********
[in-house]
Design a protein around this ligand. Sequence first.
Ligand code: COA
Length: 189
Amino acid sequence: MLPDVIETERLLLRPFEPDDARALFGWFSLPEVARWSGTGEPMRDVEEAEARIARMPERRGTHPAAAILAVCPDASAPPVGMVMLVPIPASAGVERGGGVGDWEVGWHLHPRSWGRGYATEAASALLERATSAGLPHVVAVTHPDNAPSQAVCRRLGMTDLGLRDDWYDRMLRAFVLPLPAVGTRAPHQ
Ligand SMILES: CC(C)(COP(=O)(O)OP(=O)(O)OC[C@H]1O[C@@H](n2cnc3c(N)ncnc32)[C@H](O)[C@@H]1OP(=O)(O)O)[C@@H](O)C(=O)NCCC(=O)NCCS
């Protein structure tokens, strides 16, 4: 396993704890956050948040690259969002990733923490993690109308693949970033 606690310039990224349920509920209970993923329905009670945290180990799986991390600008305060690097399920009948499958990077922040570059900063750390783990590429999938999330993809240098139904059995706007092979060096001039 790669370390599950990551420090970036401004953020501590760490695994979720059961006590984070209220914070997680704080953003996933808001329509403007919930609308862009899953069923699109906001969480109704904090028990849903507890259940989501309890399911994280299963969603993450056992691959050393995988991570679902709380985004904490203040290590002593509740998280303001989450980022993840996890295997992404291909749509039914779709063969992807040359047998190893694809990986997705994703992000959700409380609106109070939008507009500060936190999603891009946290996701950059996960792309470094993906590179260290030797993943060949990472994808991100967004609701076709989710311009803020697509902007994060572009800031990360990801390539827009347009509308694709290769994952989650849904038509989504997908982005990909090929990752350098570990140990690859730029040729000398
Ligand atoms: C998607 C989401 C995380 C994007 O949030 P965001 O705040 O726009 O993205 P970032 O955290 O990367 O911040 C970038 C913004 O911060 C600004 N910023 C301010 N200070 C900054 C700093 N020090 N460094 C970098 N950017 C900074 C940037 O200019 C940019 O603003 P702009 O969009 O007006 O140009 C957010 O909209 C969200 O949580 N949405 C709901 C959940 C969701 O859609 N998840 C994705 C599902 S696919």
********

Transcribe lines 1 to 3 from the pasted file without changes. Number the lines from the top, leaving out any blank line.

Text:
[in-house]
Design a protein around this ligand. Sequence first.
Ligand code: COA